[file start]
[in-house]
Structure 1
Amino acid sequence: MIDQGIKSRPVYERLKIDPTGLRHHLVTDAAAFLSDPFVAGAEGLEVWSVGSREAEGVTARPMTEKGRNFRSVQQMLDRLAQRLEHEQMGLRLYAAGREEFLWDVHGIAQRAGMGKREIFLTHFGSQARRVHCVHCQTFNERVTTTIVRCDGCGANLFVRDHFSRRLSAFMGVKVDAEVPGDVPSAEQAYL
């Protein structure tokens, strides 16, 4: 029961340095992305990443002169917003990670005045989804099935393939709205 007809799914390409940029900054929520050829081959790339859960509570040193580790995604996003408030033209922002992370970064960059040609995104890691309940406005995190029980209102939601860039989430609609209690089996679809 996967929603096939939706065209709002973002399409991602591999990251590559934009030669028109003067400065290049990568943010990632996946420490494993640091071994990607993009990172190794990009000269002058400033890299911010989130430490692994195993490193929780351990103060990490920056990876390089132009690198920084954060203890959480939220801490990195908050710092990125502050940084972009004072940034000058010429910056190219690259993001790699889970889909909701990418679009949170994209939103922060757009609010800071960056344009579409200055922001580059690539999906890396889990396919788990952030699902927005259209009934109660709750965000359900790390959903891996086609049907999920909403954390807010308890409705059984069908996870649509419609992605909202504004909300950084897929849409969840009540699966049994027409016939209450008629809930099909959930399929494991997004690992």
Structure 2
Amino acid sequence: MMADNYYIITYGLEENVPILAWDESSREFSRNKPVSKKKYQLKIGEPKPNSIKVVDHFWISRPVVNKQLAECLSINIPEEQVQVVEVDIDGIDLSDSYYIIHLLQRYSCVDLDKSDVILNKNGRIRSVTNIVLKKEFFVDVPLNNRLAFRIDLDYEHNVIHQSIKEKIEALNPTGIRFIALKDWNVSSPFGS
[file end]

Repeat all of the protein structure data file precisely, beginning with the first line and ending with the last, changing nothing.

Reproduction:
[in-house]
Structure 1
Amino acid sequence: MIDQGIKSRPVYERLKIDPTGLRHHLVTDAAAFLSDPFVAGAEGLEVWSVGSREAEGVTARPMTEKGRNFRSVQQMLDRLAQRLEHEQMGLRLYAAGREEFLWDVHGIAQRAGMGKREIFLTHFGSQARRVHCVHCQTFNERVTTTIVRCDGCGANLFVRDHFSRRLSAFMGVKVDAEVPGDVPSAEQAYL
């Protein structure tokens, strides 16, 4: 029961340095992305990443002169917003990670005045989804099935393939709205 007809799914390409940029900054929520050829081959790339859960509570040193580790995604996003408030033209922002992370970064960059040609995104890691309940406005995190029980209102939601860039989430609609209690089996679809 996967929603096939939706065209709002973002399409991602591999990251590559934009030669028109003067400065290049990568943010990632996946420490494993640091071994990607993009990172190794990009000269002058400033890299911010989130430490692994195993490193929780351990103060990490920056990876390089132009690198920084954060203890959480939220801490990195908050710092990125502050940084972009004072940034000058010429910056190219690259993001790699889970889909909701990418679009949170994209939103922060757009609010800071960056344009579409200055922001580059690539999906890396889990396919788990952030699902927005259209009934109660709750965000359900790390959903891996086609049907999920909403954390807010308890409705059984069908996870649509419609992605909202504004909300950084897929849409969840009540699966049994027409016939209450008629809930099909959930399929494991997004690992």
Structure 2
Amino acid sequence: MMADNYYIITYGLEENVPILAWDESSREFSRNKPVSKKKYQLKIGEPKPNSIKVVDHFWISRPVVNKQLAECLSINIPEEQVQVVEVDIDGIDLSDSYYIIHLLQRYSCVDLDKSDVILNKNGRIRSVTNIVLKKEFFVDVPLNNRLAFRIDLDYEHNVIHQSIKEKIEALNPTGIRFIALKDWNVSSPFGS